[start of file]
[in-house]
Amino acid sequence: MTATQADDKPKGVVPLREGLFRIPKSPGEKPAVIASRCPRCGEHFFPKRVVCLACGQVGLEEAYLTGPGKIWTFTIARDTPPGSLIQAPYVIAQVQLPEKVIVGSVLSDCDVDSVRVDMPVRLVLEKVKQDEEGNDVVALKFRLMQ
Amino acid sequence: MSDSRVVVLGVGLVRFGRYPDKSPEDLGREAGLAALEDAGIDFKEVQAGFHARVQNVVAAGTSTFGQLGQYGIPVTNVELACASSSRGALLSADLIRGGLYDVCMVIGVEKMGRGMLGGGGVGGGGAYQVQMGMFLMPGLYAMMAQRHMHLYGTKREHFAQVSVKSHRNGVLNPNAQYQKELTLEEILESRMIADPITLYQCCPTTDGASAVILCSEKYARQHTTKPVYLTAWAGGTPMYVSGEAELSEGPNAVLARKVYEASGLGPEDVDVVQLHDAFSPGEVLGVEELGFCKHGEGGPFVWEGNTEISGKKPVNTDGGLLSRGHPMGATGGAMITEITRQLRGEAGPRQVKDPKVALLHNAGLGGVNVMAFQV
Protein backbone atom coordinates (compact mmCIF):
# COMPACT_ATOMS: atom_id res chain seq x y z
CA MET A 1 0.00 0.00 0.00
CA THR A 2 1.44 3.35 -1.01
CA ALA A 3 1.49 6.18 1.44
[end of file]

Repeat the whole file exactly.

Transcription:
[in-house]
Amino acid sequence: MTATQADDKPKGVVPLREGLFRIPKSPGEKPAVIASRCPRCGEHFFPKRVVCLACGQVGLEEAYLTGPGKIWTFTIARDTPPGSLIQAPYVIAQVQLPEKVIVGSVLSDCDVDSVRVDMPVRLVLEKVKQDEEGNDVVALKFRLMQ
Amino acid sequence: MSDSRVVVLGVGLVRFGRYPDKSPEDLGREAGLAALEDAGIDFKEVQAGFHARVQNVVAAGTSTFGQLGQYGIPVTNVELACASSSRGALLSADLIRGGLYDVCMVIGVEKMGRGMLGGGGVGGGGAYQVQMGMFLMPGLYAMMAQRHMHLYGTKREHFAQVSVKSHRNGVLNPNAQYQKELTLEEILESRMIADPITLYQCCPTTDGASAVILCSEKYARQHTTKPVYLTAWAGGTPMYVSGEAELSEGPNAVLARKVYEASGLGPEDVDVVQLHDAFSPGEVLGVEELGFCKHGEGGPFVWEGNTEISGKKPVNTDGGLLSRGHPMGATGGAMITEITRQLRGEAGPRQVKDPKVALLHNAGLGGVNVMAFQV
Protein backbone atom coordinates (compact mmCIF):
# COMPACT_ATOMS: atom_id res chain seq x y z
CA MET A 1 0.00 0.00 0.00
CA THR A 2 1.44 3.35 -1.01
CA ALA A 3 1.49 6.18 1.44